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Here's the issue. On what sort of planet does a strategy of democracy promotion entail both rabid opposition to Hugo Chavez's rule in Venezuela and the massive deployment of military force to back Iyad Allawi's rule in Iraq? I can see definitions of "democracy promotion" that would explain either initiative, but no possible definition that explains both.

UPDATE: For the record, I would agree that pro-Chavez apologetics are not what's called for here. Since the US military is not actively engaged in an occupation of Venezuela, however, we have at our disposal the option of non-intervention, which, I think, would be a superior alternative to Bushian coup-mongering and so forth. As long as Chavez keeps winning elections, then intervening against him only poisons our reputation in Latin America, much as we may be right and the Venezuelan people wrong in thinking that the path on which Chavez is leading the country is an unsound, authoritarian one.

August 18, 2004 | Permalink


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Well, AnagramGenius says "democracy promotion" yields "Practice moody moron". Except in Bush's case, I don't think it's practice.

Posted by: Tim H. | Aug 18, 2004 10:27:37 AM

Of course Matt, as you and everyone else who has thought seriously about Bush's "democracy promotion" policies have long since made clear, the real key here is that said policies are practically non-existent; while Bush may believe his rhetoric, that's basically all it is. As for any substantive coherence between these two particular approaches...well, if you define "democracy" in strictly "liberal" (i.e., non-populist) terms, and you define "liberal" as basically meaning "similar-to-America," then you can put them together. This approach isn't wholly without merit; lots of those who consider themselves democracy-promoters insist that it can only take one form, namely the basic free-market/non-nationalistic package exemplified by most Western societies. Chavez, love him or hate him, demonstrates that democracy is a little bit broader than that, suggesting that either democracy-promoters should fine-tune their rhetoric a bit, or expand their sympathies for all that is genuinely "democratic." Don't hold your breath though.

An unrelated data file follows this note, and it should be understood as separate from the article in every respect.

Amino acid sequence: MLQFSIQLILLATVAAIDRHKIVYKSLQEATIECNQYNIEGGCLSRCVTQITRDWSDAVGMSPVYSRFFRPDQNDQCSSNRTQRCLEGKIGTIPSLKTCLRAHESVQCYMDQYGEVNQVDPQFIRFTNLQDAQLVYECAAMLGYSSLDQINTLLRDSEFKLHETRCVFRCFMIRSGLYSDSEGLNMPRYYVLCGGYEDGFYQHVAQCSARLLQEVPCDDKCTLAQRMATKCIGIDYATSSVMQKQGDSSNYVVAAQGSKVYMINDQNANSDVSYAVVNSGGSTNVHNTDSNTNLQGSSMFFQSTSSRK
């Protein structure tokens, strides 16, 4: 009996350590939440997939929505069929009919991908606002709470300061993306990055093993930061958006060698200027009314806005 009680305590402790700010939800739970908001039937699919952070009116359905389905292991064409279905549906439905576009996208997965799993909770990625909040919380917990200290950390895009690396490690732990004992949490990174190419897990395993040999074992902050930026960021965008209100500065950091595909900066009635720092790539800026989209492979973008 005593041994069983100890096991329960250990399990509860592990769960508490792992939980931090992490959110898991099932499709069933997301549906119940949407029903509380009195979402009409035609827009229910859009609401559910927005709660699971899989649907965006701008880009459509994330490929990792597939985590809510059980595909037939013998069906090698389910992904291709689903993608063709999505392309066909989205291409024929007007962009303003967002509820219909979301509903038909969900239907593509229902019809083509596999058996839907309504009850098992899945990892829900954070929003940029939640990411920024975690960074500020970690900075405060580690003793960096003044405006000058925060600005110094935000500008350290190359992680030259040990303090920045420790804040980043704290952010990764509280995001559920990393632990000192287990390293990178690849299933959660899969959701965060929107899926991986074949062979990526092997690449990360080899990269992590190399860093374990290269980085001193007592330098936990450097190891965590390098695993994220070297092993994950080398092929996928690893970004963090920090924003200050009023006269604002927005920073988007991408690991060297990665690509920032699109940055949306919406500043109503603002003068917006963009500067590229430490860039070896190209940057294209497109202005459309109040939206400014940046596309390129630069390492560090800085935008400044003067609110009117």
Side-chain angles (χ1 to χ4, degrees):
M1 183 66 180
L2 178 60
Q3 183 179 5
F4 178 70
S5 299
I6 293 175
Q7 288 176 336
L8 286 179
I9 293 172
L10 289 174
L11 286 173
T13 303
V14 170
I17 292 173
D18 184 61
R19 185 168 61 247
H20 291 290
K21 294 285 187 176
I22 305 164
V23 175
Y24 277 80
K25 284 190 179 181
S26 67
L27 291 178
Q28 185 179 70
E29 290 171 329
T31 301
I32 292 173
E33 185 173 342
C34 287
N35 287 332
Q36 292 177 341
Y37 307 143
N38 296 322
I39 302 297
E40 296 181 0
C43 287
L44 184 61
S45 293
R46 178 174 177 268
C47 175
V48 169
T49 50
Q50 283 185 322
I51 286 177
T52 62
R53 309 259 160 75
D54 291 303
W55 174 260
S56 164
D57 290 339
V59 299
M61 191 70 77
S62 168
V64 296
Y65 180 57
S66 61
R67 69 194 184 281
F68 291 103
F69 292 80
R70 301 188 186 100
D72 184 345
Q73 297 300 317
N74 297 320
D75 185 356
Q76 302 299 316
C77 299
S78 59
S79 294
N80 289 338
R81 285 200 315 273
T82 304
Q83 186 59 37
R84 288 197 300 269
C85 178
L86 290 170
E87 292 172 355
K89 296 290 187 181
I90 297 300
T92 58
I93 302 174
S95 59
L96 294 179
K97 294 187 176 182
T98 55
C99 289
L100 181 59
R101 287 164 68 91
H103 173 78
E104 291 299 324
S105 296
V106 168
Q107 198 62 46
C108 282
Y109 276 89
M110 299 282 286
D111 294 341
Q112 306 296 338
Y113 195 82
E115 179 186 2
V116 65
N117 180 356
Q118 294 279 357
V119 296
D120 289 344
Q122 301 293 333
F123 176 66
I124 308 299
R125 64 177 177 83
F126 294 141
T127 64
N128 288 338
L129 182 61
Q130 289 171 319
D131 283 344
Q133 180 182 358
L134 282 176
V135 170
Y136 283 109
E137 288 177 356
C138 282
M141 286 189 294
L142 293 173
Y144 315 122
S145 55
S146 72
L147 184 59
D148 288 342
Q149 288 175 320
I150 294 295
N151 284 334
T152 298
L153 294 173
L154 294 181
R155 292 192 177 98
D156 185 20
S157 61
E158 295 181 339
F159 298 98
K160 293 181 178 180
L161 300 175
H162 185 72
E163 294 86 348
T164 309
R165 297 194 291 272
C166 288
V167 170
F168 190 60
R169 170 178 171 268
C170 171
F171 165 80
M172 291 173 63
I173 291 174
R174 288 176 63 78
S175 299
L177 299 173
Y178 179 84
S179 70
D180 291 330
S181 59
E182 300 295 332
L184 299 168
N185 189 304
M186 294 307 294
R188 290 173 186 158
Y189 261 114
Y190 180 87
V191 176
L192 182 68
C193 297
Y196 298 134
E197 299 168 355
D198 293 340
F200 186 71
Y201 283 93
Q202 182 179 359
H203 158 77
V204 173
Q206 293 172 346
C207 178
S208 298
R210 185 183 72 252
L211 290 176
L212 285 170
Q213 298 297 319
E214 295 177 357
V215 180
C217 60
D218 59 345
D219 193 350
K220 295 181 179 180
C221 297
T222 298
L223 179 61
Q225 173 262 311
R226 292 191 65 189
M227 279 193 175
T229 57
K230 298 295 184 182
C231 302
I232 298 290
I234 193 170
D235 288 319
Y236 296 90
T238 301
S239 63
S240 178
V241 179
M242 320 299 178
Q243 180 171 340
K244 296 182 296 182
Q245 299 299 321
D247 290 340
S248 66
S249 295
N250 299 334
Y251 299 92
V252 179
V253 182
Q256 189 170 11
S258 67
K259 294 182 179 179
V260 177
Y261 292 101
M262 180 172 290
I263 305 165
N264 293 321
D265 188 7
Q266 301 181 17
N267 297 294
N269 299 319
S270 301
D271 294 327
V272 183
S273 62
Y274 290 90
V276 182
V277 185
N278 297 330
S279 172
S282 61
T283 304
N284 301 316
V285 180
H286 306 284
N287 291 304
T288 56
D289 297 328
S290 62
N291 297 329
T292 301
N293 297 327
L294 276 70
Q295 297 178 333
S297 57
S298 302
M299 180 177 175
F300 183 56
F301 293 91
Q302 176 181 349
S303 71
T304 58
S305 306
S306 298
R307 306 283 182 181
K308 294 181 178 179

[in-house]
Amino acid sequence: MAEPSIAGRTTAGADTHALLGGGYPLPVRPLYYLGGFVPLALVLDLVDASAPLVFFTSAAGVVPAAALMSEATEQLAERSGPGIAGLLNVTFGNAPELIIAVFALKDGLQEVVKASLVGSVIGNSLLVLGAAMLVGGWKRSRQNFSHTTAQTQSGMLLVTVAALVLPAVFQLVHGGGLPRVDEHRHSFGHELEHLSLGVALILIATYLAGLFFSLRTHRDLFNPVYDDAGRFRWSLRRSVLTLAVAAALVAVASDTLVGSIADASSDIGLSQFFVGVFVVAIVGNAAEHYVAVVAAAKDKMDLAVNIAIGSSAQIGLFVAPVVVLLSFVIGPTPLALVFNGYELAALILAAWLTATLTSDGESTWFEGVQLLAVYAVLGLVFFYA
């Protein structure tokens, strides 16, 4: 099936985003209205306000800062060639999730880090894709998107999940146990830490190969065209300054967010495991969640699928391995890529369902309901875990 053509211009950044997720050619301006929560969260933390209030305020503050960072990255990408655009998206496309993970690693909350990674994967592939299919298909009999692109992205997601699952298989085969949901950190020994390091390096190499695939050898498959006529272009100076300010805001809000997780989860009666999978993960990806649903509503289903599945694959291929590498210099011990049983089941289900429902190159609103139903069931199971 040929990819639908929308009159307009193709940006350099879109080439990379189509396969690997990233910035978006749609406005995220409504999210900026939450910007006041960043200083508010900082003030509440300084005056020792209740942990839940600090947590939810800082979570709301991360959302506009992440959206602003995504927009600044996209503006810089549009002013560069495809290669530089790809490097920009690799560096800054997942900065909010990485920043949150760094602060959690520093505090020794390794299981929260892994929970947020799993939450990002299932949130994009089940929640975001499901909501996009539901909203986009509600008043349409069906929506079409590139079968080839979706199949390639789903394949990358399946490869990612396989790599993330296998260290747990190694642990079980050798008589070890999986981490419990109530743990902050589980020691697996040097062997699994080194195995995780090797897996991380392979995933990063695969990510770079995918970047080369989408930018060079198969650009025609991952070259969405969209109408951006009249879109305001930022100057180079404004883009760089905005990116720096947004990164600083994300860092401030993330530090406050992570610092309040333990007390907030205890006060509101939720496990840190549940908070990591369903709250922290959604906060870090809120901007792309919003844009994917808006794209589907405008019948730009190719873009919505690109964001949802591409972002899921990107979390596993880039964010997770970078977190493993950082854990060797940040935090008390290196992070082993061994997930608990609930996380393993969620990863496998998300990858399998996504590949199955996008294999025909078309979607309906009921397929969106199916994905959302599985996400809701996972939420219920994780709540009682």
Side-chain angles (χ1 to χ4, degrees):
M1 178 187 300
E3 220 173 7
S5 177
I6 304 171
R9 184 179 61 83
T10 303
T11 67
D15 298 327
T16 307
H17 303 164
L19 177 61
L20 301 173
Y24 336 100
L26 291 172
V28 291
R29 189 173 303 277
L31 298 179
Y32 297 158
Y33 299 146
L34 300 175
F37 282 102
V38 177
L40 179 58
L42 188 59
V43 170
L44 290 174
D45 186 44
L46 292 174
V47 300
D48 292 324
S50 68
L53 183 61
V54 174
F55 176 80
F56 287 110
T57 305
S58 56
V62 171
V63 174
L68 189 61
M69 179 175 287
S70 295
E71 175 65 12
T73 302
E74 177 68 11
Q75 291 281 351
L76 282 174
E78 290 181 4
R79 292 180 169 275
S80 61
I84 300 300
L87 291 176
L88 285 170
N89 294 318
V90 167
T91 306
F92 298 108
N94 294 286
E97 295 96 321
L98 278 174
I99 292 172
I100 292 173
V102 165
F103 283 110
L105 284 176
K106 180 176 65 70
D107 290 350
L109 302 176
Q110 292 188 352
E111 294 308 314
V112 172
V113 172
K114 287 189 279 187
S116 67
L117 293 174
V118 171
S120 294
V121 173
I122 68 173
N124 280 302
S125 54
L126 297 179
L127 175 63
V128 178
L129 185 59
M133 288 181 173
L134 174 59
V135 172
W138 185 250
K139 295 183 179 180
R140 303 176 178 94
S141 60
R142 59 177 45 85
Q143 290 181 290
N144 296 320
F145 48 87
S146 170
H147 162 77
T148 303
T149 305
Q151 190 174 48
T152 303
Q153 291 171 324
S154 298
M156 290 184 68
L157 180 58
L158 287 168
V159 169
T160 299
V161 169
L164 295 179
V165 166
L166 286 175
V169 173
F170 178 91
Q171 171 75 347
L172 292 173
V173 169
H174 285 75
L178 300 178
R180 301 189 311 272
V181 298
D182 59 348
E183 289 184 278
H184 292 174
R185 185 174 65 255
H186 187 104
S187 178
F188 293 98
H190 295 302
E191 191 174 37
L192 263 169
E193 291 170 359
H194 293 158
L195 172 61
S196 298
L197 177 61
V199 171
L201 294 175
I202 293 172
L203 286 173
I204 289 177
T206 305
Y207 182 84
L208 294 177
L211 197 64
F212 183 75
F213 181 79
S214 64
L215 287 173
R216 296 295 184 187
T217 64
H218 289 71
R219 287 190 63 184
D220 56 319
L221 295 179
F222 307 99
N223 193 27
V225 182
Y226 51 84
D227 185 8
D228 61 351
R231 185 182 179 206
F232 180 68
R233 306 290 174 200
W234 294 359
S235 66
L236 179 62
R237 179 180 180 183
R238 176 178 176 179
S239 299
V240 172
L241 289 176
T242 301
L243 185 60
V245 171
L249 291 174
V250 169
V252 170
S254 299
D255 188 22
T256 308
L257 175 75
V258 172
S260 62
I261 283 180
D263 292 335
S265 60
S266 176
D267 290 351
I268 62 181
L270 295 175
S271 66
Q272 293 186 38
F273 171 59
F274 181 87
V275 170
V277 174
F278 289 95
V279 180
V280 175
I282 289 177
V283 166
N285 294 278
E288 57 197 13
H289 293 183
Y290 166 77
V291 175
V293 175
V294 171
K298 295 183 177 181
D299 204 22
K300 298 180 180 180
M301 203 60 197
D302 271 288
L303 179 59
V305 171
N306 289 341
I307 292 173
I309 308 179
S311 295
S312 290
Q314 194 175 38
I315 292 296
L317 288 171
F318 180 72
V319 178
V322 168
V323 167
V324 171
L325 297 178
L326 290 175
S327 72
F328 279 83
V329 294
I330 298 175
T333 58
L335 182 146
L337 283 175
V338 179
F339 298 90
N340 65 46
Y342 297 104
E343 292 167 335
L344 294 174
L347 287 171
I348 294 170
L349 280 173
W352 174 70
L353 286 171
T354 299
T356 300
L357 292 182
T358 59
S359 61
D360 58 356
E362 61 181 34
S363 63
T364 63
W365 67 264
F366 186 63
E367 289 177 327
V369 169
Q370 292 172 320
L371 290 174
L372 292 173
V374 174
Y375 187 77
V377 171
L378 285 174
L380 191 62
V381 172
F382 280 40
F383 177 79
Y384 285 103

Posted by: Russell Arben Fox | Aug 18, 2004 10:37:31 AM

As I plow my way through Fukuyama's new work, I have to say that I'm convinced that state-building as he defines it is the key.

I highly recommend the book.

Posted by: praktike | Aug 18, 2004 10:46:11 AM

Russell -- Very nice summing up of the problem.

Posted by: Kyle | Aug 18, 2004 10:51:00 AM

Just two days after winning the recall fight, the Venezuelan government declares:The government plans to submit a bill to Congress that would allow the government to ban programming it sees as slanderous or an incitement to violence and to punish violators. The government is also studying the possibility of unifying municipal and state police forces into a national police force, wresting control from mayors and governors, many of whom are Chavez opponents.

Vicente Rangel said the government "will be more audacious, more effective..."...not sure either state is on a path to democracy.

Posted by: j.scott barnard | Aug 18, 2004 11:11:33 AM

Venezuela needs no path to democracy -- it was a US-style democracy for decades before the Chavistas came along. It's pretty clearly on a path away from democracy towards Peronist Argentina-style disaster.

Posted by: right | Aug 18, 2004 11:22:31 AM

"On what sort of planet does a strategy of democracy promotion entail both rabid opposition to Hugo Chavez's rule in Venezuela and the massive deployment of military force to back Iyad Allawi's rule in Iraq?"